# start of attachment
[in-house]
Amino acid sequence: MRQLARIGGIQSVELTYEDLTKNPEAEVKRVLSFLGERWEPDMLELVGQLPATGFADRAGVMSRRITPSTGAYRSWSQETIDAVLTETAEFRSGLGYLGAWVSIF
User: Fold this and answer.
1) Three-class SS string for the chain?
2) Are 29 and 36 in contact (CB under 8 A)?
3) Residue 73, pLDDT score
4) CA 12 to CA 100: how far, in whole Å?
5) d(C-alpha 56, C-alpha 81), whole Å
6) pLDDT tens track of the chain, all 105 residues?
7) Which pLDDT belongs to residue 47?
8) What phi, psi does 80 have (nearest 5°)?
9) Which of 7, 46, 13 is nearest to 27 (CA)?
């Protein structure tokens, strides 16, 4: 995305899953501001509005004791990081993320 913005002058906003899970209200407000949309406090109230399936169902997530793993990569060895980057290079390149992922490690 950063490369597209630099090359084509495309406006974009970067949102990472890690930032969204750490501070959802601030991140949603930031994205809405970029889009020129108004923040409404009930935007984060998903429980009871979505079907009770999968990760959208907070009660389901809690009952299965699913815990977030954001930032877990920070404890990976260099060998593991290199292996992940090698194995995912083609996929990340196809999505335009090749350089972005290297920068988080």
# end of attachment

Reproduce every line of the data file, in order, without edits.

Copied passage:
[in-house]
Amino acid sequence: MRQLARIGGIQSVELTYEDLTKNPEAEVKRVLSFLGERWEPDMLELVGQLPATGFADRAGVMSRRITPSTGAYRSWSQETIDAVLTETAEFRSGLGYLGAWVSIF
User: Fold this and answer.
1) Three-class SS string for the chain?
2) Are 29 and 36 in contact (CB under 8 A)?
3) Residue 73, pLDDT score
4) CA 12 to CA 100: how far, in whole Å?
5) d(C-alpha 56, C-alpha 81), whole Å
6) pLDDT tens track of the chain, all 105 residues?
7) Which pLDDT belongs to residue 47?
8) What phi, psi does 80 have (nearest 5°)?
9) Which of 7, 46, 13 is nearest to 27 (CA)?
């Protein structure tokens, strides 16, 4: 995305899953501001509005004791990081993320 913005002058906003899970209200407000949309406090109230399936169902997530793993990569060895980057290079390149992922490690 950063490369597209630099090359084509495309406006974009970067949102990472890690930032969204750490501070959802601030991140949603930031994205809405970029889009020129108004923040409404009930935007984060998903429980009871979505079907009770999968990760959208907070009660389901809690009952299965699913815990977030954001930032877990920070404890990976260099060998593991290199292996992940090698194995995912083609996929990340196809999505335009090749350089972005290297920068988080």